Alan Weber originally started Prime Cuts, a small butcher shop, as a sole proprietorship. Then he began advertising in gift catalogs, and his company quickly grew into a large mail-order business.
Now Prime Cuts sends meat and seafood all over the world by overnight mail.
At the beginning of the current year, Weber reorganized Prime Cuts as a corporation—with himself as the sole stockholder. This year, the company earned $1 million before income taxes. (For the current year, the corporate income tax rate is 40 percent. Weber’s personal income is taxed at the rate of 45 percent. )
With respect to salaries and withdrawals of assets, Weber continued the same policies as when the business had been a sole proprietorship. Although he personally runs the business, he draws no salary. He explains, “Why should I draw a salary? Nowadays, I have plenty of income from other sources. Besides, a salary would just reduce the company’s profits—which belong to me.”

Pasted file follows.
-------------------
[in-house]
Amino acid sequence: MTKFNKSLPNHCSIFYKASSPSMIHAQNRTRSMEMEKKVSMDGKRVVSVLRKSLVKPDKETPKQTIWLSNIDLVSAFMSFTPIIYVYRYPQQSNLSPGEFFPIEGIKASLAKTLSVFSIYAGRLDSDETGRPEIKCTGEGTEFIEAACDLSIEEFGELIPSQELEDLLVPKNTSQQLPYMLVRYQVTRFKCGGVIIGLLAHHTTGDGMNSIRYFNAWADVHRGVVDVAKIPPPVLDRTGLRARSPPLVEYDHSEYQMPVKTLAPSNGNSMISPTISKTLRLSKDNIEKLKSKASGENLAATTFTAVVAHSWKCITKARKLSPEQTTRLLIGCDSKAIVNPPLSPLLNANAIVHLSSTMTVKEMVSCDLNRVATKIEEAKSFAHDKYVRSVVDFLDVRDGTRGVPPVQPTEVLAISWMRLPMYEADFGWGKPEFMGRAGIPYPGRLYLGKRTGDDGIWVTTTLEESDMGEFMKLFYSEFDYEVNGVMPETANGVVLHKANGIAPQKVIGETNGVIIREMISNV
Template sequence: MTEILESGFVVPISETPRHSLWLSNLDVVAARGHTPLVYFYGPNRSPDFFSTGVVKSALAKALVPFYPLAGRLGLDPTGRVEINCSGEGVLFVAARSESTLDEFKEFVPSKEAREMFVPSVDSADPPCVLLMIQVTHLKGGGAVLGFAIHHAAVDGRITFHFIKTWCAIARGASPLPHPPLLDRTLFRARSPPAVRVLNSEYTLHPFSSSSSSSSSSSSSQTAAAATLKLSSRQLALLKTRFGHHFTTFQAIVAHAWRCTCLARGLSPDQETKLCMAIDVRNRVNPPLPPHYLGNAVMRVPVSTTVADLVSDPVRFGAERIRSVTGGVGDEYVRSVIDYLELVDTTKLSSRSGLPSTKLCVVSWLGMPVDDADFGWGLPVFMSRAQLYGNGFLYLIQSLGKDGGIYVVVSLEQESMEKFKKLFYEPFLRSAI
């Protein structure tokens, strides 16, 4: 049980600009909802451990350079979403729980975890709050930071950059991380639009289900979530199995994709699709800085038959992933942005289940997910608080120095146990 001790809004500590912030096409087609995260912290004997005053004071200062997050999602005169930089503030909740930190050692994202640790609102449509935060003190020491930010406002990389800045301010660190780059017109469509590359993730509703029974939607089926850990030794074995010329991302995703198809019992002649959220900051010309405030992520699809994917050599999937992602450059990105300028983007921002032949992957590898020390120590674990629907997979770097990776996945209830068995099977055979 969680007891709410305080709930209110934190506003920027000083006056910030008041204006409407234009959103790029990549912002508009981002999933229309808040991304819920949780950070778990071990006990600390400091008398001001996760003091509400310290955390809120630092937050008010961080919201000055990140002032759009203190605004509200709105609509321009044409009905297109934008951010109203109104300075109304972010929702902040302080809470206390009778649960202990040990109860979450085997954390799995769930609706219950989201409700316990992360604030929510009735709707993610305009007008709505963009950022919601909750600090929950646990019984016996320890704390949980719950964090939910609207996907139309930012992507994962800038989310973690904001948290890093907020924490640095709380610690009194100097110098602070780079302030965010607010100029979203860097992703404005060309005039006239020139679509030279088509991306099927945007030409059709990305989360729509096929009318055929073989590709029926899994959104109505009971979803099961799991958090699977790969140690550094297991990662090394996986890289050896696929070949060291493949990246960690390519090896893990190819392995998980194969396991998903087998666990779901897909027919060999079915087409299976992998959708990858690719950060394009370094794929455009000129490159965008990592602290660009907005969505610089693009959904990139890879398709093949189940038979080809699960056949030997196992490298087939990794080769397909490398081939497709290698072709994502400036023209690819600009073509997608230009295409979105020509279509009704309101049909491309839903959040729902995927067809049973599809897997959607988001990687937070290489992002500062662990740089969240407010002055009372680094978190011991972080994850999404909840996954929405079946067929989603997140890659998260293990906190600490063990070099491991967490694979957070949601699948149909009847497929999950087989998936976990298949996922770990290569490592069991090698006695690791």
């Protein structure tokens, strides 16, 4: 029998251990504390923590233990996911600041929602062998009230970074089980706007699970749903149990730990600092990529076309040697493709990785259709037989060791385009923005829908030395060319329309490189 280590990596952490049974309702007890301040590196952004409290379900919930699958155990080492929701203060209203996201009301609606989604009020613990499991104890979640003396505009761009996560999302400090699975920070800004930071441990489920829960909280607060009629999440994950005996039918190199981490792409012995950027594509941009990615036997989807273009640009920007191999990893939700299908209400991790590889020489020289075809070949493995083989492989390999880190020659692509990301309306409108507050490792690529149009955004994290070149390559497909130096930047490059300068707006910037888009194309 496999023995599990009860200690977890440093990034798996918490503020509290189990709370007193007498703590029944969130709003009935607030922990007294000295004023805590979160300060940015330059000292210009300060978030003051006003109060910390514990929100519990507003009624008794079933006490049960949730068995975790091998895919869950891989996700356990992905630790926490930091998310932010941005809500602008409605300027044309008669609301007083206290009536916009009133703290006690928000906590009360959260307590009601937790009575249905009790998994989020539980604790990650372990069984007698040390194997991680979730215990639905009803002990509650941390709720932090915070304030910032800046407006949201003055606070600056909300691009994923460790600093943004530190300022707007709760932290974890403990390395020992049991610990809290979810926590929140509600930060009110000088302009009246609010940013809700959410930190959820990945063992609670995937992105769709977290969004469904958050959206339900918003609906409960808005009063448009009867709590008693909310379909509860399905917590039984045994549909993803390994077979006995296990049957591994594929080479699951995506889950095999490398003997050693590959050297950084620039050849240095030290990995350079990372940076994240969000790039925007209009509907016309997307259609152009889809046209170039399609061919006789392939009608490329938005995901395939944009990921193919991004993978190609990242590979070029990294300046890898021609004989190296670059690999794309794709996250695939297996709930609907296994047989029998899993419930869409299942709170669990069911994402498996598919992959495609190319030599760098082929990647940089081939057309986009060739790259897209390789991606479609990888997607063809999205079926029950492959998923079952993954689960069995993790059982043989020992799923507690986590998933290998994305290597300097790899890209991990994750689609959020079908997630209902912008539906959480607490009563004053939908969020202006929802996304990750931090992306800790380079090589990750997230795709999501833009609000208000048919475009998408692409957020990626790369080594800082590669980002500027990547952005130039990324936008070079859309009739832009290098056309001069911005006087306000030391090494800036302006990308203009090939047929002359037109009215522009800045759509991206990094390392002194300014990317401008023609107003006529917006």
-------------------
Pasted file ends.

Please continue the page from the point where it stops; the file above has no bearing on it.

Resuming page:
In recent years, Weber had made monthly transfers from the business bank account to his personal bank account of an amount equal to the company’s monthly net income. After Prime Cuts became a corporation, he continued making these transfers by declaring monthly dividends.
a. Without regard to income taxes, identify several reasons why it might be advantageous for Weber to have incorporated this business.
b. Compute the portion of the company’s $1 million pretax income that Weber would have retained after income taxes if Prime Cuts had remained a sole proprietorship.
c. Compute the portion of this $1 million before-tax income that Weber will retain after income taxes, given that Prime Cuts is now a corporation.
d. Explain the meaning of the term double taxation.
e. Discuss several ways that Weber legally might have reduced the overall “tax bite” on his company’s before-tax earnings.